Page 4, 6th September 1946

6th September 1946
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Page 4, 6th September 1946 — QUESTI INS OF THE
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QUESTI INS OF THE

Keywords: Group Theory, G

By Stanley B. dames

Another " Nuremberg " FOR the time being, the curtain has fallen on the drama staged by the Nuremberg Theatre. It will not rise again until September 23, when judgment will be pronounced. The men who, under Hitler, once dominated Germany and seemed likely to dominate the world have disappeared into the obscurity from which they were brought out to face the most glaring light of publicity ever given accused prisoners. With them. also, have disappeared the army ol judges, counsel, interpreters. guards and reporters. The lights have been turned down. Silence has fallen on the babel of varied tongues. The silence and the darkness that have followed the falling of the curtain invite reflections on the scenes we have witnessed and the stories we have heard, and they are not pleasant reflection,.. We have been sated with horrors. We have looked on the shrivelled figures of men who once swaggered across Europe. Virtuous indignation has had opportunity to exhaust itself. And now we %spit for the execution of such justice as m y be possible for poor. trail mortals. But as we recall what we have seen and heard, we cxpetience an uncomfortable feeling that this is not the end.

Into the courtroom have broken sounds betokening that those victors who proved so efficient and united in the work of destruction. tried by the test of unity in a great effort of-creative peace-making. are failing miserably. And wo can almost heir Hitler's mocking laughter as in guttural tones he declares that, after all. it is he who has won. But more than all this, there frames itself the vision of another vaster " Nuremberg," when off nations shall be gathered together before their Judge.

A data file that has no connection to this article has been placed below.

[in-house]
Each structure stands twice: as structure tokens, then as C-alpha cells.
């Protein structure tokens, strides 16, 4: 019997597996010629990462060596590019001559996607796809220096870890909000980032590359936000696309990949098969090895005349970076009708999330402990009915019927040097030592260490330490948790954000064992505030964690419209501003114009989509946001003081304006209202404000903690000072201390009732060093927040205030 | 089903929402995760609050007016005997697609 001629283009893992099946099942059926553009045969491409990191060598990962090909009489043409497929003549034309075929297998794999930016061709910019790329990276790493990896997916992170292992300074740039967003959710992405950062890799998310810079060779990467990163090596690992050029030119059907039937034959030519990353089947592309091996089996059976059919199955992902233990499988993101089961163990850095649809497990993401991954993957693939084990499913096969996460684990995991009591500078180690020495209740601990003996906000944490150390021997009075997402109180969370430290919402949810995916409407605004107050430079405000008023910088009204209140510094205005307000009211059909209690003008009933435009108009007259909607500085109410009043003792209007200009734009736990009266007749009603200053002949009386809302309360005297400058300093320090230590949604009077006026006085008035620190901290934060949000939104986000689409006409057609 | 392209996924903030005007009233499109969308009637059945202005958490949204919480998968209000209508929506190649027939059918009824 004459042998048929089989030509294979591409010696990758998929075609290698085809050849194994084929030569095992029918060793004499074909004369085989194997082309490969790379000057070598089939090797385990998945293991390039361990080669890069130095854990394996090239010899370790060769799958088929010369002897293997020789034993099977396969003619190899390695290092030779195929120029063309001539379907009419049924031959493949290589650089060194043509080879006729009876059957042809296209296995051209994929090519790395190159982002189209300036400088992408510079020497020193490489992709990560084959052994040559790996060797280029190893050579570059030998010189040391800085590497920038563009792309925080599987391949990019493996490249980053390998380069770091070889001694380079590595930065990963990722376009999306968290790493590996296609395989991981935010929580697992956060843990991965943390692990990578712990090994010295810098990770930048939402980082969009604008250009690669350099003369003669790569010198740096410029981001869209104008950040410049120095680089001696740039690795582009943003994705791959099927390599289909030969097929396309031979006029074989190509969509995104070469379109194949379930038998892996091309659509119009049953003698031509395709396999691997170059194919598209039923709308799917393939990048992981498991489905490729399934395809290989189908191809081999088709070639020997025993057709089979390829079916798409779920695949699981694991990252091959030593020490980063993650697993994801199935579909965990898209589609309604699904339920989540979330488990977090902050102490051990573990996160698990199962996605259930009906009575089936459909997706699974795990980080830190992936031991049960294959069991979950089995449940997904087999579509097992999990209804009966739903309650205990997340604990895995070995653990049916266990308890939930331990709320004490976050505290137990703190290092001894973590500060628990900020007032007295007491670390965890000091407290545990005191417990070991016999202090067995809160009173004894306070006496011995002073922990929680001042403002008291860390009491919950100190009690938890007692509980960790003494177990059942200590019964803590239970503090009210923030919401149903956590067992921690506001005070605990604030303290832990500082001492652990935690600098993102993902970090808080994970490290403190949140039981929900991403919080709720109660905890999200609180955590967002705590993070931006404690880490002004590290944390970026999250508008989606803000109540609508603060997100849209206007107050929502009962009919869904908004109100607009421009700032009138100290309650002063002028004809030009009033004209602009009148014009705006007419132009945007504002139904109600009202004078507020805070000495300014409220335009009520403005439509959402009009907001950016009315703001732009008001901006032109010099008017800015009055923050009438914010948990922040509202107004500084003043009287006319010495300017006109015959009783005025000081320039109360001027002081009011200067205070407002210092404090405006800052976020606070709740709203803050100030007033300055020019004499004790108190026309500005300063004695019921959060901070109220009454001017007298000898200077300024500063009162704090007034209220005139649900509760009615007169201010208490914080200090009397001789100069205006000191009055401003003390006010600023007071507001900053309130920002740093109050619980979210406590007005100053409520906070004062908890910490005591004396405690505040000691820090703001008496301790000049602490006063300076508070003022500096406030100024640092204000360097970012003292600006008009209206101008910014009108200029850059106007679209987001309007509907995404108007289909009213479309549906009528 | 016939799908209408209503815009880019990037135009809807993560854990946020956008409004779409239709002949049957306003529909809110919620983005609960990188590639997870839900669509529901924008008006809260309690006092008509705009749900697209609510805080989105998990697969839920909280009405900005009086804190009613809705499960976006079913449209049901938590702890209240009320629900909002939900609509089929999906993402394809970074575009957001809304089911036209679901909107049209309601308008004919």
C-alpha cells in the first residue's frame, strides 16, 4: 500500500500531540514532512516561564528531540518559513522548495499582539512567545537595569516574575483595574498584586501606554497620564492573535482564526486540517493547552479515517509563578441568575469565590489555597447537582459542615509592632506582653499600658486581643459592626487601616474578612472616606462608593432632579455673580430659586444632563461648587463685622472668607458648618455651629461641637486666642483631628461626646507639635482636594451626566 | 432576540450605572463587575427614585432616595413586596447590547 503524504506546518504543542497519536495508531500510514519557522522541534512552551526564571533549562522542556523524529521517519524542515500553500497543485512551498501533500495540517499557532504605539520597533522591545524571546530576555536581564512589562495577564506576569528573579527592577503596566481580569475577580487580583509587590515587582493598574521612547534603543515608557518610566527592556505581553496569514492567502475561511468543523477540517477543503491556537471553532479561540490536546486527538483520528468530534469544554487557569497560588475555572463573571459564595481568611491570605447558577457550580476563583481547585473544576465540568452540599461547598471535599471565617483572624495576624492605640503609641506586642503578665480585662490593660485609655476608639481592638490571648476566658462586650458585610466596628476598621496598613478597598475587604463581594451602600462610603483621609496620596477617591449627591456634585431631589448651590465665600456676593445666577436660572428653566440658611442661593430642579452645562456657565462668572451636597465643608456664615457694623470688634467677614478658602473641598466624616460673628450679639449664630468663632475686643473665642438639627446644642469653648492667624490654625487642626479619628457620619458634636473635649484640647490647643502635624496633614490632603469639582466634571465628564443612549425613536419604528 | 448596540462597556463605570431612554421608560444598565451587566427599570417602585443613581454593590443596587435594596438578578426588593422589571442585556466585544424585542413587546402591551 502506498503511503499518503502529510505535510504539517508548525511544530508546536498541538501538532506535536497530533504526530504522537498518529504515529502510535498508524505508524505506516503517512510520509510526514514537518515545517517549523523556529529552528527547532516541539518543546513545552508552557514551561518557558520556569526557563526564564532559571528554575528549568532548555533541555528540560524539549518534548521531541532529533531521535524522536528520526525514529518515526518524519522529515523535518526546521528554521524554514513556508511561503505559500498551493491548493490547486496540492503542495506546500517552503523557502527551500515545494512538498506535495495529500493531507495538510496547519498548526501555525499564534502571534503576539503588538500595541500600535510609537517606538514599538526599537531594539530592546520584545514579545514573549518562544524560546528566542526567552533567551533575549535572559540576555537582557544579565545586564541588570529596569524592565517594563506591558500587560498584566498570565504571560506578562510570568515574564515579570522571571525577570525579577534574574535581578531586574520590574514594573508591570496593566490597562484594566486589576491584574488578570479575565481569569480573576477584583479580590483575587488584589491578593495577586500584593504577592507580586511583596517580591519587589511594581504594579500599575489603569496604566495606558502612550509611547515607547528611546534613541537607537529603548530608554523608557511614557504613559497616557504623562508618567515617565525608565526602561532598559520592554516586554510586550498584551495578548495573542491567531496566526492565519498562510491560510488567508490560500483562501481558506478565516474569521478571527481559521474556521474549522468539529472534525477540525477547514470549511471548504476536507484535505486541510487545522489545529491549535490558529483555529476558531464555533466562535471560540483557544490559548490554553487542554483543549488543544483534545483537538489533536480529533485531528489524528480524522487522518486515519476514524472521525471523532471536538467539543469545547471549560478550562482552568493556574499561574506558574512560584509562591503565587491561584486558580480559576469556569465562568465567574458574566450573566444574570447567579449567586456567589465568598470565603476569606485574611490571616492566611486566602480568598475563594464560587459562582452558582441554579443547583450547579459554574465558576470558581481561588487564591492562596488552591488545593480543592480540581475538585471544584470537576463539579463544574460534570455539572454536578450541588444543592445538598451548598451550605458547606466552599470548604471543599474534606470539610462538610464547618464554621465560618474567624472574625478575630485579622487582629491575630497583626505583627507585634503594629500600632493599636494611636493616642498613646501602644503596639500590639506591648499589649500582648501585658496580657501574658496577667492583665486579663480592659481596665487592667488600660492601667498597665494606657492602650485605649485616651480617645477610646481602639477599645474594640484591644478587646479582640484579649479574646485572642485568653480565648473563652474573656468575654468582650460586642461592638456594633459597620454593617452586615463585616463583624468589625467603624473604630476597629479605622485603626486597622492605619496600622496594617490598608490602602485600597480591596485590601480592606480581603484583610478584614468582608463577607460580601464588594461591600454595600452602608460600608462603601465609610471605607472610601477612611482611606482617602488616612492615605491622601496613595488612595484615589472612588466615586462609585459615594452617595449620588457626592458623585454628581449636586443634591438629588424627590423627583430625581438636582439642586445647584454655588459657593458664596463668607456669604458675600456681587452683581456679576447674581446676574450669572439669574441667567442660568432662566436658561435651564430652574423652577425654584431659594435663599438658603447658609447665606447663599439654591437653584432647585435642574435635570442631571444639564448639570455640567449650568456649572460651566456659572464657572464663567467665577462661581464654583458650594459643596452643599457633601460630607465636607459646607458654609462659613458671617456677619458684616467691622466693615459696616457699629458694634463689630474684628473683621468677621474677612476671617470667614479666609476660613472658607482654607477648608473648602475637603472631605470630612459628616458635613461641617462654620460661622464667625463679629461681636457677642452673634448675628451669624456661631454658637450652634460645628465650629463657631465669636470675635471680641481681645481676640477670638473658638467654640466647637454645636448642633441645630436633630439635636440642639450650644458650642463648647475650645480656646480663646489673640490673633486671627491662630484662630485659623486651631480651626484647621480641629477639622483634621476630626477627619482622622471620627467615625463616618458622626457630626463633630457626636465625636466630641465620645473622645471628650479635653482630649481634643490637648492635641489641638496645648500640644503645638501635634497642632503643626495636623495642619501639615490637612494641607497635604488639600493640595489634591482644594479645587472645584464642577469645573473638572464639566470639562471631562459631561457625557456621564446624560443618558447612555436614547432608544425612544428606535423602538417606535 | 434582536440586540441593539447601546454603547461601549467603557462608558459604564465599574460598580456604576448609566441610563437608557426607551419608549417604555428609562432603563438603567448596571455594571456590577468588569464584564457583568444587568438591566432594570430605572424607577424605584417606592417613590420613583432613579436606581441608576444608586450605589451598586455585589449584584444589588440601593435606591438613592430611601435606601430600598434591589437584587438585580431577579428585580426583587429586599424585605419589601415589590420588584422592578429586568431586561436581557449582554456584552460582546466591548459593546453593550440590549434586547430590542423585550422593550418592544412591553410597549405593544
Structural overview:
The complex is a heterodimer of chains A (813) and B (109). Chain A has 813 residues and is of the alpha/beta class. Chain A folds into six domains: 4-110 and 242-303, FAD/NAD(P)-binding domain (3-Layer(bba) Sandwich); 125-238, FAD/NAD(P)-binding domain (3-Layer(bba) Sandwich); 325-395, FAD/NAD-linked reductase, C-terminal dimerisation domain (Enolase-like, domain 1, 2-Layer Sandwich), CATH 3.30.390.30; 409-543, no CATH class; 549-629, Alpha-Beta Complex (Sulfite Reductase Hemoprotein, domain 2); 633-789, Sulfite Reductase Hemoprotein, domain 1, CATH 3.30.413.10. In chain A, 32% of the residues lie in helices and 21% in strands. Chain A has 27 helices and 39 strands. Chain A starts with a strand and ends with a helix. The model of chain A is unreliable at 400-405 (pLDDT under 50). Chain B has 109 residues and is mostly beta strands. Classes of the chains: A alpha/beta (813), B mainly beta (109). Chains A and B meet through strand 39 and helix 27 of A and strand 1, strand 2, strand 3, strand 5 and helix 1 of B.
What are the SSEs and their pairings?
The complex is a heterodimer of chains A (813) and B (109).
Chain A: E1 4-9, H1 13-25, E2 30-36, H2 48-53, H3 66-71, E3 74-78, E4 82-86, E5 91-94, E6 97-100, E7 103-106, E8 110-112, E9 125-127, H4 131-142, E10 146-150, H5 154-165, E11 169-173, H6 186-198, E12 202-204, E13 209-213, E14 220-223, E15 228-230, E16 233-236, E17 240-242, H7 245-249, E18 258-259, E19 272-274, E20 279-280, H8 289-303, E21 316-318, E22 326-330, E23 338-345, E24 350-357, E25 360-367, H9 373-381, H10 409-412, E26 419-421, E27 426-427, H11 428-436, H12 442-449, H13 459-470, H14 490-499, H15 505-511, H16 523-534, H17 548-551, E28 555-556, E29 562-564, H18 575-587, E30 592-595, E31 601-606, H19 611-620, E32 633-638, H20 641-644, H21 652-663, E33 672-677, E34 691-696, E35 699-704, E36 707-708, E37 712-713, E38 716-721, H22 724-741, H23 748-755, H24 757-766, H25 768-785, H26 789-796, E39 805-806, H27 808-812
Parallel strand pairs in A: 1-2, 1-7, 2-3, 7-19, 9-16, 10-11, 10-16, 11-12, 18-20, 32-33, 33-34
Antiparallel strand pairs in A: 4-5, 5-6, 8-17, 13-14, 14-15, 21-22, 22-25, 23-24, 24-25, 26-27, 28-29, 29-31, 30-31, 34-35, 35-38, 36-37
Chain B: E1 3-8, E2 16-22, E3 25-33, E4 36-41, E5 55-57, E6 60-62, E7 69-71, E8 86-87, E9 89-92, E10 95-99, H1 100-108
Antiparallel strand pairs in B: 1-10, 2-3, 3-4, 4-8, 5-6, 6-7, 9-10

Prayers for Poland

THOSE who intercede on Sun day next for Poland might do well to fortify their faith by recalling that " Miracle of the Vistula " in 1920 when the Polish commander. Marshal Pilsudski, with an army which he described as composed of " the greatest ragamuffins I have ever seep." won a victory against a vastly

superior Russian force. " The Polish Army," declared General Radcliffe, a military observer on the spot. " has won n victory as dramatic as any in history." A nation which has survived so many and such great dangers. which has been partitioned again and again to serve the imperialistic appetite of greedy neighbours and which has given the world great writers. musicians and thinkers. may well reckon that it has been preserved for some great purpose. A glance at the map will show how full of petit is its geographical position, but a second glance informed by a

knowledge of that for which Poland stands may well see in that position a striking opportunity. Perhaps the greatest problem facing the world today is the reconciliation of West and East, or, to put the matter bluntly, ol Bolshevised Russia with the rest of Europe. Unhappily. those whose knowledge of both would enable them to mediate arc few, and those whose experiences have not embittered them too

much to unclettake the task arc still fewer. But it is surely the work which awaits this martyred people. Therefore, let us pray for more than Poland's survival. It is not beyond God's power to grant the fulfilment of her vocation.